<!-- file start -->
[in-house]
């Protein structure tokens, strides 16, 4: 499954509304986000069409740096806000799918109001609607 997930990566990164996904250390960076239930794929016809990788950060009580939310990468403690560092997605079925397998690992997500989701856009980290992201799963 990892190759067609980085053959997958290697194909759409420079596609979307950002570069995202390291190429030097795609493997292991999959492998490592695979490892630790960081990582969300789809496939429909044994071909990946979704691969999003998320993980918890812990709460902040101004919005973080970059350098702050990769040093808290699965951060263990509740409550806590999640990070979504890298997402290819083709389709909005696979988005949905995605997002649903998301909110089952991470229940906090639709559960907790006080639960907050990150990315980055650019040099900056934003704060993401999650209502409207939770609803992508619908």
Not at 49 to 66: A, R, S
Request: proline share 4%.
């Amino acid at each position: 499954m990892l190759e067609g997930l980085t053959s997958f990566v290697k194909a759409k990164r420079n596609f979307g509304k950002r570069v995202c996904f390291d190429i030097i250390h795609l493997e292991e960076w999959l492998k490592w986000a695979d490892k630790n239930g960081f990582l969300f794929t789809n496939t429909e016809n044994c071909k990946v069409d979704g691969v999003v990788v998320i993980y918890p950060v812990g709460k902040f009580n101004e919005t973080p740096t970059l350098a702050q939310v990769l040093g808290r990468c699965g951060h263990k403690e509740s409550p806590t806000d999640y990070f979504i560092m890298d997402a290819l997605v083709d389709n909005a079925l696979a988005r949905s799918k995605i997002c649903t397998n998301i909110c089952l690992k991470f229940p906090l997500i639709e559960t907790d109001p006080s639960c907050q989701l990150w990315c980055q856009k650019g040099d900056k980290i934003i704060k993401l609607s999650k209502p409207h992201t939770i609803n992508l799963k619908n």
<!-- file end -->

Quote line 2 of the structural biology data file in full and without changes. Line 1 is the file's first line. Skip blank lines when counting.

């Protein structure tokens, strides 16, 4: 499954509304986000069409740096806000799918109001609607 997930990566990164996904250390960076239930794929016809990788950060009580939310990468403690560092997605079925397998690992997500989701856009980290992201799963 990892190759067609980085053959997958290697194909759409420079596609979307950002570069995202390291190429030097795609493997292991999959492998490592695979490892630790960081990582969300789809496939429909044994071909990946979704691969999003998320993980918890812990709460902040101004919005973080970059350098702050990769040093808290699965951060263990509740409550806590999640990070979504890298997402290819083709389709909005696979988005949905995605997002649903998301909110089952991470229940906090639709559960907790006080639960907050990150990315980055650019040099900056934003704060993401999650209502409207939770609803992508619908």